Where nuclear holocaust is concerned, this ain’t my first rodeo, though at 6-years-old during the Cuban Missile Crisis, I didn’t understand until much later just how closely I’d come to being vaporized.
I do remember the drills, and if you’re of a certain age, I’m sure you do, too.
Mrs. Moreland marched the first-graders out into the long hallway at Muriel Vance Forbes Elementary School in San Antonio, Texas, a city with four Air Force bases and an Army post that surely made inviting targets. Classroom doors opened to the left and right as all the children in the entire school filed out into the hall, sat down and pressed small backs against walls tiled in bright yellows and greens. Teachers walked among us, telling us to be still and keep quiet.
Routine fire drills were nothing like this. In those, we’d escape mock flames to an assembly point outside. This was different, futile, though we didn’t know it then. There’s no escaping the inescapable. No surviving the unsurvivable.
My sister, five years older, also remembers, though with more context.
“I remember it very well. I was in sixth grade and my teacher, who was usually a positive and reasonable soul, was — as I see it now — terrified. I remember one day when we were supposed to be doing those duck-and-cover drills, some of us were laughing about something that some kid in the back had said. The teacher just blew up at us, ‘This is NOT FUNNY!’ “
No, it wasn’t funny. Children unfettered by fears they wouldn’t discover until later in life had no way of knowing that nuclear holocaust was no laughing matter. The adults in the room had to teach us that.
We had an adult in the room during the Cuban Missile Crisis, and that may be the biggest reason why any of us are alive today. Here are excerpts from President John Fitzgerald Kennedy’s speech to the nation on Oct. 22, 1962:
“Good evening, my fellow citizens:
This Government, as promised, has maintained the closest surveillance of the Soviet military buildup on the island of Cuba. Within the past week, unmistakable evidence has established the fact that a series of offensive missile sites is now in preparation on that imprisoned island. The purpose of these bases can be none other than to provide a nuclear strike capability against the Western Hemisphere . . .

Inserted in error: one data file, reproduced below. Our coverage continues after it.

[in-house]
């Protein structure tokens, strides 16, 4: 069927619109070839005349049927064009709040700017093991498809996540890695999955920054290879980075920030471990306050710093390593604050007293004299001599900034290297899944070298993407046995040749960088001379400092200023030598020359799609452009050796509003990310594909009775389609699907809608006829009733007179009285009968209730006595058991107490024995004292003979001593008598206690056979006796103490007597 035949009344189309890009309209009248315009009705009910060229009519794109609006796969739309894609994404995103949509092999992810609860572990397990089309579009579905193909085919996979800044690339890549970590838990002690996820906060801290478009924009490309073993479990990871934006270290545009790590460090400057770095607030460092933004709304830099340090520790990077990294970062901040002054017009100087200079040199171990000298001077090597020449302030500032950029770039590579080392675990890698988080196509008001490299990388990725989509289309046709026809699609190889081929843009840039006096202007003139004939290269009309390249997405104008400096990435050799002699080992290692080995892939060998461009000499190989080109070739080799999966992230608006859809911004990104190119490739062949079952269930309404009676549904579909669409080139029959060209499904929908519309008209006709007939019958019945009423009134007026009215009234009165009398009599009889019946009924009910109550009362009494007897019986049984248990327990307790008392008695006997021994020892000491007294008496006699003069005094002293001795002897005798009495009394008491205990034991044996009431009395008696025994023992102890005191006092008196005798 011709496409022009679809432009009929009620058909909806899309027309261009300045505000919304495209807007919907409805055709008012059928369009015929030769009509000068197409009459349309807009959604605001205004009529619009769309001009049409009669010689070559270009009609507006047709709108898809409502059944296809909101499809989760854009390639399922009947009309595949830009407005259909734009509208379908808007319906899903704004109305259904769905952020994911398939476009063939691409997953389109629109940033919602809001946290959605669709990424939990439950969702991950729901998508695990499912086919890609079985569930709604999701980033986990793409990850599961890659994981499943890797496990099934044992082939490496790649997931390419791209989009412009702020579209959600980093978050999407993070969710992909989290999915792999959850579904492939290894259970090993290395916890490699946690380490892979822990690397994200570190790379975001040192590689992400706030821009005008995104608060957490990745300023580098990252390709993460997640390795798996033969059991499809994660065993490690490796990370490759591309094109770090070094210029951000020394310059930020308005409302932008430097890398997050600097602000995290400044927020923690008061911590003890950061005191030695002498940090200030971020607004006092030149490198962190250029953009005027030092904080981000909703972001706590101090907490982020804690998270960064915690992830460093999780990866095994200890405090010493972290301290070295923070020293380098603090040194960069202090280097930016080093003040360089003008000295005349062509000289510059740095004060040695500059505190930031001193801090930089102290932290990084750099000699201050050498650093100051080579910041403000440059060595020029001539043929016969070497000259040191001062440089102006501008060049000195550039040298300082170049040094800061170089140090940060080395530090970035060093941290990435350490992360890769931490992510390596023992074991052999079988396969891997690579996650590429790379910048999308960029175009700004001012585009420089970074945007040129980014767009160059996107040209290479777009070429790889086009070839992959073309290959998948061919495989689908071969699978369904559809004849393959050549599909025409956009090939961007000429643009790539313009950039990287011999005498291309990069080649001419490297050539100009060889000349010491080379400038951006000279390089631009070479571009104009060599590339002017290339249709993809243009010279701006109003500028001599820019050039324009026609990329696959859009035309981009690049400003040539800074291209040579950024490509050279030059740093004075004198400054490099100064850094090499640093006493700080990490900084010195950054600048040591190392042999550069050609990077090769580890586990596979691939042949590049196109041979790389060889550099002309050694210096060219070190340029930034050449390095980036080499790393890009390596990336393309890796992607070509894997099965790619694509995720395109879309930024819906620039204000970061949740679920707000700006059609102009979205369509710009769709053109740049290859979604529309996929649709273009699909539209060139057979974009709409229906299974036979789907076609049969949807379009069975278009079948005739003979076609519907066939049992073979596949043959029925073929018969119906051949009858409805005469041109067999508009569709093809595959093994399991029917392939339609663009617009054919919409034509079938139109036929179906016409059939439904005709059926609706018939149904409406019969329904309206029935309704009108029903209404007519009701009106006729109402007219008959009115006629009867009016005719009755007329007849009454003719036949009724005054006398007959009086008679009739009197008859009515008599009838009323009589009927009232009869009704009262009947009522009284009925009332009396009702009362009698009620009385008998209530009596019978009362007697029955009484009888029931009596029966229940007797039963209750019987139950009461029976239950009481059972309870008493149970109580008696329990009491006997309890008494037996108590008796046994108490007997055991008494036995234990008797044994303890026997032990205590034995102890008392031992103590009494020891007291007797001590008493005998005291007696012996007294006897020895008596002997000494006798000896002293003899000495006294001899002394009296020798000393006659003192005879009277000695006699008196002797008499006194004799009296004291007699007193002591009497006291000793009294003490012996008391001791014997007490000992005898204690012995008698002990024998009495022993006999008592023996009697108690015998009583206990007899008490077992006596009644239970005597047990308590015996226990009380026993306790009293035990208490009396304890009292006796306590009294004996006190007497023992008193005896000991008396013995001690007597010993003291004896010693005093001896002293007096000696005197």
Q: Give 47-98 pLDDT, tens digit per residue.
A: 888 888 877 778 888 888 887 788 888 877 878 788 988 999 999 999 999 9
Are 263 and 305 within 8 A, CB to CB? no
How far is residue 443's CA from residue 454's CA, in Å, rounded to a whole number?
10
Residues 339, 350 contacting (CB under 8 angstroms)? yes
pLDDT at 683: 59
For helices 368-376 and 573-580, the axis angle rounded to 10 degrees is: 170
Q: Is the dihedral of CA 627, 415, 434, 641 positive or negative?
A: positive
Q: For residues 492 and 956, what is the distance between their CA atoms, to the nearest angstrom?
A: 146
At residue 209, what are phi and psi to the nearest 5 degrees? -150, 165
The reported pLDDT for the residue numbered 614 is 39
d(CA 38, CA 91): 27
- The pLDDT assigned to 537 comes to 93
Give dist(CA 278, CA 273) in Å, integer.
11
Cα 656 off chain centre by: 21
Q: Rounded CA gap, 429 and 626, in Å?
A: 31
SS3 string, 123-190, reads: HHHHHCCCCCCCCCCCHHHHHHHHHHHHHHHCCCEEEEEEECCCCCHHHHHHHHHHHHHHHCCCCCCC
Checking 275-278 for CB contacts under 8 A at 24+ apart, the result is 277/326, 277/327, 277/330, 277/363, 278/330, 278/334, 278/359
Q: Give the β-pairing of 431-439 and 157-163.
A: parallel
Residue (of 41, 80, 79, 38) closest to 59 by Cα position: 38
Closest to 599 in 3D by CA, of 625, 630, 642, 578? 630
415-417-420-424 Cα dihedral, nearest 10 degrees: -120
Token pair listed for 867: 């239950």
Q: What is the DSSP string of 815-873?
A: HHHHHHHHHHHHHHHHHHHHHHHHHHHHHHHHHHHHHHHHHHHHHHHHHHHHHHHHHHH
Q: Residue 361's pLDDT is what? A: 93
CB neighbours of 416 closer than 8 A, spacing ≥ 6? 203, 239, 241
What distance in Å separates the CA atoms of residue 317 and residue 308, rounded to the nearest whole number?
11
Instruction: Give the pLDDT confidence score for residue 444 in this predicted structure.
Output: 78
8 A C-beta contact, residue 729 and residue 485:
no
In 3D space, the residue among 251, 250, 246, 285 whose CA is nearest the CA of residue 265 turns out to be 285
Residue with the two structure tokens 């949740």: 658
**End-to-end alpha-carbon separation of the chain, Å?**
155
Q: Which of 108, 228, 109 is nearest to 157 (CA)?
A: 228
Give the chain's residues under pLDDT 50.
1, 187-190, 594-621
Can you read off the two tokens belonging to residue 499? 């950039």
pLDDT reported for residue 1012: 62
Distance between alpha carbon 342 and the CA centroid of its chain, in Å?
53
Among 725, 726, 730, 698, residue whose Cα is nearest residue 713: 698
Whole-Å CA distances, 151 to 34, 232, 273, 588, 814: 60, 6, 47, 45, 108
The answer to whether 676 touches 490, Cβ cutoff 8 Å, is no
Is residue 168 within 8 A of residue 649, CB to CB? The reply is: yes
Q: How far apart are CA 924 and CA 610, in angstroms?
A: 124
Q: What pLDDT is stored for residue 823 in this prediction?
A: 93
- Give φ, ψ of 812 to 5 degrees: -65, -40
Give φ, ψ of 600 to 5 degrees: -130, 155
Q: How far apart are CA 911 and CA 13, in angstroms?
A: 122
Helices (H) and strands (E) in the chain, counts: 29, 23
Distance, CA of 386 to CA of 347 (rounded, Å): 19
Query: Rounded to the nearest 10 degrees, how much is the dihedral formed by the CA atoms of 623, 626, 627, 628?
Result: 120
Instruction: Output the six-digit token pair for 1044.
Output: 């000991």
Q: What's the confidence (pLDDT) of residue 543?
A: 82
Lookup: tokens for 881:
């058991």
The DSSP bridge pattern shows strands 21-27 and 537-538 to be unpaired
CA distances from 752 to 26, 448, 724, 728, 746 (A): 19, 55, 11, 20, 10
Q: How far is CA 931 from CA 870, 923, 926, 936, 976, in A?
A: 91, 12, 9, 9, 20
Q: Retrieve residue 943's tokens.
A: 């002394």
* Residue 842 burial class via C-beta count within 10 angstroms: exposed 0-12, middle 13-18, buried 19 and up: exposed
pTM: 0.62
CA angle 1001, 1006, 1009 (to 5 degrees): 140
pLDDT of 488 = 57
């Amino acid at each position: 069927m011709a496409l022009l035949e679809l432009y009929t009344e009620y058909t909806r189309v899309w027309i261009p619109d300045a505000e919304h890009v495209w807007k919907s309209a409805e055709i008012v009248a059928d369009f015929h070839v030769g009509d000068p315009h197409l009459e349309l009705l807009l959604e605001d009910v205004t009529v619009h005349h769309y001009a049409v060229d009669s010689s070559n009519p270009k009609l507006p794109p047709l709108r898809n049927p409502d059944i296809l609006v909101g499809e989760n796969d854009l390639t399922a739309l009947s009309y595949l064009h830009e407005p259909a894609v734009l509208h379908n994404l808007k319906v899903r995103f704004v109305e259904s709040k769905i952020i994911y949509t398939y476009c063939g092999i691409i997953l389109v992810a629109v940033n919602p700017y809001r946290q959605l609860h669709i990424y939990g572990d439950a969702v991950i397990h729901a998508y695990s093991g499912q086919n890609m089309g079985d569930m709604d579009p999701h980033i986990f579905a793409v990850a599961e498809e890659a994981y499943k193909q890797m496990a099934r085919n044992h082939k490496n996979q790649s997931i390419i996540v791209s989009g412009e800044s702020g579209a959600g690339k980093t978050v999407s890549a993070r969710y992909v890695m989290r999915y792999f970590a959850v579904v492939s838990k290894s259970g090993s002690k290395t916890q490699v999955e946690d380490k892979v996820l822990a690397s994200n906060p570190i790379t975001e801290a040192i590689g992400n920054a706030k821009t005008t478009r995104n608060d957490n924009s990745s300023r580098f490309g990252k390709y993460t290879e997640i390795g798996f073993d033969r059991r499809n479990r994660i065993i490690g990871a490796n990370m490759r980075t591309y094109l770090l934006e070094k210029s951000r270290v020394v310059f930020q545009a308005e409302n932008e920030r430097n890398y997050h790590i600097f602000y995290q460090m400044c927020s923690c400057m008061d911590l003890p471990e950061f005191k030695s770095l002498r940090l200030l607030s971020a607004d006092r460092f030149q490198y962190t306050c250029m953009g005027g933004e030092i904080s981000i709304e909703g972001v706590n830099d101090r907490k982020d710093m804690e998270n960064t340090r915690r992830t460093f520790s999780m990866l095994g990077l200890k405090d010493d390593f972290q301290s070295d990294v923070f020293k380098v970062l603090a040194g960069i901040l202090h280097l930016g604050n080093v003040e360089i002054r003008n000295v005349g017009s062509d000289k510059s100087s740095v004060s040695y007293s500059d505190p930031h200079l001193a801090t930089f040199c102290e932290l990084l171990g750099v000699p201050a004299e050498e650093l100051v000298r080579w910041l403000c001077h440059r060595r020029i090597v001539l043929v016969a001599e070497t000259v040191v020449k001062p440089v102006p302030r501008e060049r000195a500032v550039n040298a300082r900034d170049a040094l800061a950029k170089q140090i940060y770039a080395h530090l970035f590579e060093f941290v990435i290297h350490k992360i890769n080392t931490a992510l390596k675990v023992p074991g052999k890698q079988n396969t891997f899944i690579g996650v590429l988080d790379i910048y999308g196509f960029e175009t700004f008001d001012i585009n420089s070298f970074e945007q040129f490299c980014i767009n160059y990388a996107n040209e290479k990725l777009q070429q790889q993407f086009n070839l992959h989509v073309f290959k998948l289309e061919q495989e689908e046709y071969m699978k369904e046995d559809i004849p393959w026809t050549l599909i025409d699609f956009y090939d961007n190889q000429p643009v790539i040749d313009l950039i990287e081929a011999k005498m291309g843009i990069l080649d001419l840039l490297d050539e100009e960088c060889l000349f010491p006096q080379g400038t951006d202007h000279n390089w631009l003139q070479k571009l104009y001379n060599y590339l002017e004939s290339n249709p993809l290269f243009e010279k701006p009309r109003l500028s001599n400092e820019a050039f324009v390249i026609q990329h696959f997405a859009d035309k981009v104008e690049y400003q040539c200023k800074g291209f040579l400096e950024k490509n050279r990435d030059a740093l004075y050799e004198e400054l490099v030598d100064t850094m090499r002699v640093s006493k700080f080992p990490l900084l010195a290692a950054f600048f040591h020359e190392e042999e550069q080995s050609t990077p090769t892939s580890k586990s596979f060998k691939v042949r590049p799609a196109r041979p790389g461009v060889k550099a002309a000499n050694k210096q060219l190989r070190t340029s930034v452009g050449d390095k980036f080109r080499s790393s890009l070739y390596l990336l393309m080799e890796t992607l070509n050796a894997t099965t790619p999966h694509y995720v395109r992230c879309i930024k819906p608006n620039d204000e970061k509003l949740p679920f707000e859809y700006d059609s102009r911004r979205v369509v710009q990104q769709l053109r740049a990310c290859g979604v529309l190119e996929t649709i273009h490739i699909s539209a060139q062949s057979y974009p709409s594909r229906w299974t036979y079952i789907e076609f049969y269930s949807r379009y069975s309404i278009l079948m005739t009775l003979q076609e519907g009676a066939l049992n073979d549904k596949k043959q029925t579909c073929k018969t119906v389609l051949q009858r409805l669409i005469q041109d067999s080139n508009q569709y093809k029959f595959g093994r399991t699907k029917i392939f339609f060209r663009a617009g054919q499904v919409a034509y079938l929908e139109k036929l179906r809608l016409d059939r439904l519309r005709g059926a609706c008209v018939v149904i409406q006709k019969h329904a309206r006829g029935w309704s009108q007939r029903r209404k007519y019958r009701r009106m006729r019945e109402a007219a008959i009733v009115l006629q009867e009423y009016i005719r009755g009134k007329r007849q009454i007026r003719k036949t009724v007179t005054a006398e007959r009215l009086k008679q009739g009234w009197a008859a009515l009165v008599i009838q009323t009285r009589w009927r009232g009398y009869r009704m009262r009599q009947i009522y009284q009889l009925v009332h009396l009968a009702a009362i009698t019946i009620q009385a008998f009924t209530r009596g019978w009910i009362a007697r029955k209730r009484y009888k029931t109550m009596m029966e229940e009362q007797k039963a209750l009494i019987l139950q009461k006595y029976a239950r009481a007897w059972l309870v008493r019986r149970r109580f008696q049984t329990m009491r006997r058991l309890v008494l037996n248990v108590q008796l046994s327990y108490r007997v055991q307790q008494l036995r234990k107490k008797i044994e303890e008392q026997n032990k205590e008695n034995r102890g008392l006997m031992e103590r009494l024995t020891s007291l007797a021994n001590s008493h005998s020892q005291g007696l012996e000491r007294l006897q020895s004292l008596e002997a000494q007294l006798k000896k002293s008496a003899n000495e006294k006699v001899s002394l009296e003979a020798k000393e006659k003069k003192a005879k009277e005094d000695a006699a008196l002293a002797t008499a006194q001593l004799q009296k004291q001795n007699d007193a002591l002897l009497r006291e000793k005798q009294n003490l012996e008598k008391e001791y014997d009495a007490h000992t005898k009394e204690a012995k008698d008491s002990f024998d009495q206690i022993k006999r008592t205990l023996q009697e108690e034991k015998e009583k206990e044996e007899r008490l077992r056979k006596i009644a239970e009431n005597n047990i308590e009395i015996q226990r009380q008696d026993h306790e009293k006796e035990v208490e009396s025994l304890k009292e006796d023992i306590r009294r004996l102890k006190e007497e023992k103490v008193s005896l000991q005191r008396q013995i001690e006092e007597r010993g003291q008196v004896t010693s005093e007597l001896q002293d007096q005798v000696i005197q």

“The characteristics of these new missile sites indicate two distinct types of installations. Several of them include medium range ballistic missiles, capable of carrying a nuclear warhead for a distance of more than 1,000 nautical miles. Each of these missiles, in short, is capable of striking Washington, D. C., the Panama Canal, Cape Canaveral, Mexico City, or any other city in the southeastern part of the United States, in Central America, or in the Caribbean area . . .
“This urgent transformation of Cuba into an important strategic base — by the presence of these large, long-range, and clearly offensive weapons of sudden mass destruction — constitutes an explicit threat to the peace and security of all the Americas . . .
“Neither the United States of America nor the world community of nations can tolerate deliberate deception and offensive threats on the part of any nation, large or small . . .
“The 1930s taught us a clear lesson: aggressive conduct, if allowed to go unchecked and unchallenged, ultimately leads to war. This nation is opposed to war. We are also true to our word. Our unswerving objective, therefore, must be to prevent the use of these missiles against this or any other country, and to secure their withdrawal or elimination from the Western Hemisphere.